Critiquing Film, Television, and More

Carol (2015) and the Power of Technical Storytelling

First off, I’d like to make a toast to Carol for being one of the prettiest films I have ever laid my eyes on. Heavens, goodness me.

There’s something eminent about forbidden love stories. Like most, they follow the brew-stirred formula yet, there’s something pernicious when witnessing the deprivation of an unmatched potential breach into your sockets. 

Carol is a film that utilizes its atmosphere or mise-en-scene as a primary factor in visually controlling its narrative. The story often hinges itself on the two lead actresses’ abilities to convey crucial subtle gestures as well as its props, costumes, lighting, and production design.

One of the most striking sequences in the film that truly exemplified this was rather towards the beginning when Carol, played magnificently by Cate Blanchett, and Therese, performed flawlessly by Rooney Mara, first meet. The maneuver of Therese’s eyes reveals her attraction towards Carol considering they are always intensely locked on her. Therese’s expeditious mannerisms and semi-stumbling responses uncover her shyness but flattered consistencies upon Carol. Cate Blanchett’s somewhat flirty but continuously elegant sways and pieces of dialogue radiate her intrigue in Therese as well as the appealing mysteriousness of her figure from the perspective of Therese. Whenever someone lights a cigarette, gazes at another, raises an eyebrow, it’s all perfectly synced with how the story wants to portray its romantic, star-struck tale tales.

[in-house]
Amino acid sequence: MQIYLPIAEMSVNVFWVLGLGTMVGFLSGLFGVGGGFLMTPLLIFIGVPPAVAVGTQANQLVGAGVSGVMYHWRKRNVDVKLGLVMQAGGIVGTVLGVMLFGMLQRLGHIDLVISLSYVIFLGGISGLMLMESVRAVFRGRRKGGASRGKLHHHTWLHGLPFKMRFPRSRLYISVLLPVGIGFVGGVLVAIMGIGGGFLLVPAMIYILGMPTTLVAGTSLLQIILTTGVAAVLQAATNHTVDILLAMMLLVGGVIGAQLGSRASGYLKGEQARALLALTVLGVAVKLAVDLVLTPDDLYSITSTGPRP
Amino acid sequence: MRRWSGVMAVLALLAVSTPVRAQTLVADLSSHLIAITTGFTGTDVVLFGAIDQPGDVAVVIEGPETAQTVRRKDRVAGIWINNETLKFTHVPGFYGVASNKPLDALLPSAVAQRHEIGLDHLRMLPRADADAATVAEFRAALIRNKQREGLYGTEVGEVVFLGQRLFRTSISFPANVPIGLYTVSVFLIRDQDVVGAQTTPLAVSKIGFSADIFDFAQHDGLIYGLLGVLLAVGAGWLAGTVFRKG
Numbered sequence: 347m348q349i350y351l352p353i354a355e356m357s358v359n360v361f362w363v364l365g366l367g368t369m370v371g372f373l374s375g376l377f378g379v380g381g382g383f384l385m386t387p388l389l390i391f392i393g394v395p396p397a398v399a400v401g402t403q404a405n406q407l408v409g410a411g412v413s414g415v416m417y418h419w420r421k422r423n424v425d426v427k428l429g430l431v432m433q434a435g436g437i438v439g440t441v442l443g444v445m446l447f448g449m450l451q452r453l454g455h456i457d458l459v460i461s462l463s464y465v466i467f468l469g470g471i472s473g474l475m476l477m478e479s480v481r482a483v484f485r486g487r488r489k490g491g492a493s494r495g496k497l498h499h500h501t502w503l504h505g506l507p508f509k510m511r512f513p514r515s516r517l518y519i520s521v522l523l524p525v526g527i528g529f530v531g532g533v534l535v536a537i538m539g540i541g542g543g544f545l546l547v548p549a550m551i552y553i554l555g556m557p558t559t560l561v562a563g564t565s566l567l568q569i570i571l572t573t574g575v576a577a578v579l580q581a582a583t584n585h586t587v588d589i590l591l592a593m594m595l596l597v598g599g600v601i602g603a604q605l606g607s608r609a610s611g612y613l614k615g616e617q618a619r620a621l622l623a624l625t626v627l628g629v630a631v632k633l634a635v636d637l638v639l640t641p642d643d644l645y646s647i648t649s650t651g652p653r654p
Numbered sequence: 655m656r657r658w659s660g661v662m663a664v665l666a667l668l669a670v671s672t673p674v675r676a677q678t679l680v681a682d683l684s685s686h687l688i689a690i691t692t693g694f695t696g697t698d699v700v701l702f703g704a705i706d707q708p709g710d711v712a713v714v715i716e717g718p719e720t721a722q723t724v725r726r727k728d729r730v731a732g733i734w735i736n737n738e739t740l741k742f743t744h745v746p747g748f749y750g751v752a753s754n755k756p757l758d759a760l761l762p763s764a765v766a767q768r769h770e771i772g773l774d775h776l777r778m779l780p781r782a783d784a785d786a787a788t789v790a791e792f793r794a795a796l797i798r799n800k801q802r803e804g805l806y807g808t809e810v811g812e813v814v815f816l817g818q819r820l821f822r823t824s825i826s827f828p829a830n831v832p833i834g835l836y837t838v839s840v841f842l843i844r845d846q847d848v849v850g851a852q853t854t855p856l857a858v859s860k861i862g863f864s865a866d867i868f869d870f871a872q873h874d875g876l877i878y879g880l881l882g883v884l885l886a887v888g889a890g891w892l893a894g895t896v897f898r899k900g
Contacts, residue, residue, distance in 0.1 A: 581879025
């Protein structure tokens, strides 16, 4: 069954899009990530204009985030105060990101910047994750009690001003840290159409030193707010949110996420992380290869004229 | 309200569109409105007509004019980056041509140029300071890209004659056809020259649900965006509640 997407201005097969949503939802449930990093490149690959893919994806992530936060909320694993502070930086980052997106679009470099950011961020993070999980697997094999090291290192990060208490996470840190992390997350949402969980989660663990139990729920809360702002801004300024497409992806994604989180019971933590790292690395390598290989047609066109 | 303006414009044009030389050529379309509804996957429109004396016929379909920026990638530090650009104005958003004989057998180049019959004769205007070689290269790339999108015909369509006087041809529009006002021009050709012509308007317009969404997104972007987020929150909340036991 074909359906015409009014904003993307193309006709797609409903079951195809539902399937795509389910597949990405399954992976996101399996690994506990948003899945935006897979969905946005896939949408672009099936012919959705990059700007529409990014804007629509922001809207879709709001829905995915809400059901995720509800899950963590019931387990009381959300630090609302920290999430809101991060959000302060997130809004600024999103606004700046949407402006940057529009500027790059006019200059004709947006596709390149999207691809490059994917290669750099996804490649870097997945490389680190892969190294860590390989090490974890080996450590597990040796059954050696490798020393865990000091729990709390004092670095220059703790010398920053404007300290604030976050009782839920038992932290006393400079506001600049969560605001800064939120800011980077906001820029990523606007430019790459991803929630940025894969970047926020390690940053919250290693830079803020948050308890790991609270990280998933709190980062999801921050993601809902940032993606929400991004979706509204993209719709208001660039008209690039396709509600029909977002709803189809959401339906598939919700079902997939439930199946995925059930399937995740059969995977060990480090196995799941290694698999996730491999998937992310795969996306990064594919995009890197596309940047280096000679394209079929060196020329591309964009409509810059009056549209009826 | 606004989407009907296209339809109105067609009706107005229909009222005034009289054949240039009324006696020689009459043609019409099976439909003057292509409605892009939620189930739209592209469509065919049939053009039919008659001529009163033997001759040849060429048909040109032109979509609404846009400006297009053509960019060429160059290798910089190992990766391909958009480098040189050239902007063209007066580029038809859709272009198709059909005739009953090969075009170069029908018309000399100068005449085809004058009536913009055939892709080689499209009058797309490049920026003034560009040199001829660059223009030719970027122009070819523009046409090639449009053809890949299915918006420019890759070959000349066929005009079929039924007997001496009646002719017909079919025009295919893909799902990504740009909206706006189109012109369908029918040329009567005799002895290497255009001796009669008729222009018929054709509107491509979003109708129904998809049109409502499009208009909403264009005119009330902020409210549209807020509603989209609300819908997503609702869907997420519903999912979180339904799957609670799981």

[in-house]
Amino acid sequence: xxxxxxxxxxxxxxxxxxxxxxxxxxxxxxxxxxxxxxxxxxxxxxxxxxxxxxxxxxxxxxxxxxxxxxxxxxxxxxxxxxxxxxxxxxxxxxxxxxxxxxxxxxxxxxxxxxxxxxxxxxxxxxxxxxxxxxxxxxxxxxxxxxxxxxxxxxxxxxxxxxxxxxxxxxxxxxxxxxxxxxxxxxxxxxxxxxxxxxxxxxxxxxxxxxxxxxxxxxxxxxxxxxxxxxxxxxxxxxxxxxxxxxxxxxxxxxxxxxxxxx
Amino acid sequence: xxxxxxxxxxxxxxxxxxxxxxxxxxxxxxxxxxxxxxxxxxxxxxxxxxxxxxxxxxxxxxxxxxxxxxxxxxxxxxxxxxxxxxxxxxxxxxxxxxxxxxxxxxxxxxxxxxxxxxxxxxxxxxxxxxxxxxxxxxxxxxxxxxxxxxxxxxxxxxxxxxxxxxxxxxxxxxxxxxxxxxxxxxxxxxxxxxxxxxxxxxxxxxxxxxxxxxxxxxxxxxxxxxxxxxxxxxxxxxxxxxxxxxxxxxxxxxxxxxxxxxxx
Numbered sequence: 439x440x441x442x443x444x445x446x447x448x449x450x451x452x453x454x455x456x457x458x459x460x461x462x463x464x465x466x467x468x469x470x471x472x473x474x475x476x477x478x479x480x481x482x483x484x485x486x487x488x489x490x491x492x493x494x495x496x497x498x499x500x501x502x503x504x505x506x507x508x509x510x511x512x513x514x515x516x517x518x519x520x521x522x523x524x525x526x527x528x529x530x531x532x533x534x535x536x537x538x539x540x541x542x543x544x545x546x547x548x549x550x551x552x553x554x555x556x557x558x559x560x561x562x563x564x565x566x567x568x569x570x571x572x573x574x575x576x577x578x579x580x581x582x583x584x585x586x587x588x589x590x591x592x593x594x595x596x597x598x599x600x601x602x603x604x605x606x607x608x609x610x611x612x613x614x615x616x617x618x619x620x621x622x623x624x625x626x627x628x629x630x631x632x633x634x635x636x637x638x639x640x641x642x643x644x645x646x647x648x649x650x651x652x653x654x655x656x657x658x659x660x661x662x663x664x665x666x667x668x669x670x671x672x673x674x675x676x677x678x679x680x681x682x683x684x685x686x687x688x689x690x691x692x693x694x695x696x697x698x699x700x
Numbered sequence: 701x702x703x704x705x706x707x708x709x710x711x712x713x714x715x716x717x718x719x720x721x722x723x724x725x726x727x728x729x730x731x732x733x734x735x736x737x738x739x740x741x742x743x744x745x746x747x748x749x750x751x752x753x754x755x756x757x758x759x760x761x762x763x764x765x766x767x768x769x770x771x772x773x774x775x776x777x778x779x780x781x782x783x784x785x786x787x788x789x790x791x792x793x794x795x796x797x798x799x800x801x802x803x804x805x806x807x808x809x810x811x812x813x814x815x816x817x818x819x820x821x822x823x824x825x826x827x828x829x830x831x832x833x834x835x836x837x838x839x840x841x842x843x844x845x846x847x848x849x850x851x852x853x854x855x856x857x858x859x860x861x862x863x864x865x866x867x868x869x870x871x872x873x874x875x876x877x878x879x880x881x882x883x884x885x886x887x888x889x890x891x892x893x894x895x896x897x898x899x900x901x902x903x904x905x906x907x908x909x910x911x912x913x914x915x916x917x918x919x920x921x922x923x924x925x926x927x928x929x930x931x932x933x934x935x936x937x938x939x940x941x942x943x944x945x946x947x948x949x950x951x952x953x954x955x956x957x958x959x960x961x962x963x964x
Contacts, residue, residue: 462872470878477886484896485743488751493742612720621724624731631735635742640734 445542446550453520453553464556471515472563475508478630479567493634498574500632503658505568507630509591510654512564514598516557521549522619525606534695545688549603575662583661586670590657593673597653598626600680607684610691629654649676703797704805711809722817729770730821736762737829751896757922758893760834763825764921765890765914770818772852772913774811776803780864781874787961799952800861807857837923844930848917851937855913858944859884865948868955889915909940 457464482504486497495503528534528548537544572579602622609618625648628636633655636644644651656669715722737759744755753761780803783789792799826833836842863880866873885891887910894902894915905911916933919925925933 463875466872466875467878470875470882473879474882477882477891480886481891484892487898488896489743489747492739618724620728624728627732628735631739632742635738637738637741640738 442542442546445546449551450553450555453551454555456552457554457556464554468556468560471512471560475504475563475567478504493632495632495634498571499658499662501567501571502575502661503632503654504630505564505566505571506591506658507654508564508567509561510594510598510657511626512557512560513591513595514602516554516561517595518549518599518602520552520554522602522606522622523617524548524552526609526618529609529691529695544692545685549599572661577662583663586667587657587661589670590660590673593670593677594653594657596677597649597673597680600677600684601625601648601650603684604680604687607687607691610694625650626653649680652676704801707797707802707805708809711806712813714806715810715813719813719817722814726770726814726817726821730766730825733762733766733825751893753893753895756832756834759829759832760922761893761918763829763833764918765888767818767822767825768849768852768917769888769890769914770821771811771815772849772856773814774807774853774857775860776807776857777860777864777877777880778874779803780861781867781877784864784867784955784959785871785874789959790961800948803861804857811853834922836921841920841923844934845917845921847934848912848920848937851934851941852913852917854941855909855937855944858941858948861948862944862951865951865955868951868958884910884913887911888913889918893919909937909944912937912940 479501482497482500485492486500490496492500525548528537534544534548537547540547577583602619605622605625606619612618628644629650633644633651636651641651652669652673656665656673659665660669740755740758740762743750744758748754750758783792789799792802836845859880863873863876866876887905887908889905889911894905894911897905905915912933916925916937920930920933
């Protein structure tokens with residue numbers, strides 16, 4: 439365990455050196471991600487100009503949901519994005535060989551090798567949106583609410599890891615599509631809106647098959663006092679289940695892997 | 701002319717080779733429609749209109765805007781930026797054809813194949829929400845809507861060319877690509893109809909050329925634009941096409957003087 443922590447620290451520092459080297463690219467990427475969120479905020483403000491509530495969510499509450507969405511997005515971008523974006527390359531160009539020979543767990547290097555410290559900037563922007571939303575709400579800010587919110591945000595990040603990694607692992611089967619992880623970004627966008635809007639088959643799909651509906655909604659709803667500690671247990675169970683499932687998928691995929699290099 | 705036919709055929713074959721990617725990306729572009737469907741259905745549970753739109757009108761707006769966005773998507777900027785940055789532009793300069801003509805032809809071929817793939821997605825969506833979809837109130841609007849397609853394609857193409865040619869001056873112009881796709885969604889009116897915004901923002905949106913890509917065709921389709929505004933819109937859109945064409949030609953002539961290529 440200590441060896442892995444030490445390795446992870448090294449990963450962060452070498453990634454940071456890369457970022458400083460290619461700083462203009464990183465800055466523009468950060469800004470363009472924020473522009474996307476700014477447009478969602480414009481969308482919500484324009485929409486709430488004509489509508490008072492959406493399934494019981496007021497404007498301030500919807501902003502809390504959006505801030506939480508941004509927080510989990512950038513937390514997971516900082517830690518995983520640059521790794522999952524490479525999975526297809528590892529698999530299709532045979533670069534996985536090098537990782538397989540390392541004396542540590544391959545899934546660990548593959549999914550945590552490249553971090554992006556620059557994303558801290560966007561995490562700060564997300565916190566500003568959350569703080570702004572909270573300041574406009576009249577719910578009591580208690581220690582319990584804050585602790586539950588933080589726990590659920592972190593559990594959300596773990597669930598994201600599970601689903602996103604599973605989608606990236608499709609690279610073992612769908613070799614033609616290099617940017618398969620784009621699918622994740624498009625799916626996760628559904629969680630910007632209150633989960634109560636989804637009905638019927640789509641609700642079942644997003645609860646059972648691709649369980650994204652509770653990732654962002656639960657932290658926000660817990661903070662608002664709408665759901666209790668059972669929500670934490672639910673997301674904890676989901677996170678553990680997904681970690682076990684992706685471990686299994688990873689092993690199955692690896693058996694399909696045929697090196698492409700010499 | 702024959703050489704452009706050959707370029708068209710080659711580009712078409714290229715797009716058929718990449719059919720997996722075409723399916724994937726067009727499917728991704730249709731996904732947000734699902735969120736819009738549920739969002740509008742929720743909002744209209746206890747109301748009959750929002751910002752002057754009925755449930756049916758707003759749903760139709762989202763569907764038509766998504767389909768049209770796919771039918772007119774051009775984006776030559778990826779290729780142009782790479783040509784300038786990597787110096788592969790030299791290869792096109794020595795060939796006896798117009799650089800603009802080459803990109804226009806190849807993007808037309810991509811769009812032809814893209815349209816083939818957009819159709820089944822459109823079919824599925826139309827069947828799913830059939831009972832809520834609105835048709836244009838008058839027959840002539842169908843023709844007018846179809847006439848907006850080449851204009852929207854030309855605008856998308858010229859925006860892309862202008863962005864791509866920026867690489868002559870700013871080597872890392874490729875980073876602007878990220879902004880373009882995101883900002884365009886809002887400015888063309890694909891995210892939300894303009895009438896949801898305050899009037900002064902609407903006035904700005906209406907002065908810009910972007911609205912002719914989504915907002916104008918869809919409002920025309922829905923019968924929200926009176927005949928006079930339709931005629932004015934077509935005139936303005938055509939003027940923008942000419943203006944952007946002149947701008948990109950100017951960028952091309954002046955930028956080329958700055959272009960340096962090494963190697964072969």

The frequent use of cigarettes by our many characters doesn’t only ignite the romantic and occasionally sensual vibrancy of the film’s tone but it also strongly establishes its 1950s period. The discussion of dolls and trains as popular kids’ toys also hint towards the audience of its retro era and additionally launches the emotional moods of the Christmas time frame. The formal, wealthful, and variant costumes that all of our characters wear expose the fanciness and professionalism of the movie’s setting. This makes it appear as if the film takes place in an environment full of financially thriving individuals.

Carol is a movie that leans heavily on hitting its technical perfections to the bone. You could tell that every meager detail was thought-out carefully and for such a simplistic and straightforward plot, it seems like there was so much more to it considering how labyrinthine the intricacies of its presentation were.

Verdict: B+

“Carol” is now available to rent and buy on Vudu, iTunes, YouTube, Amazon Prime, Google Play, and Netflix.

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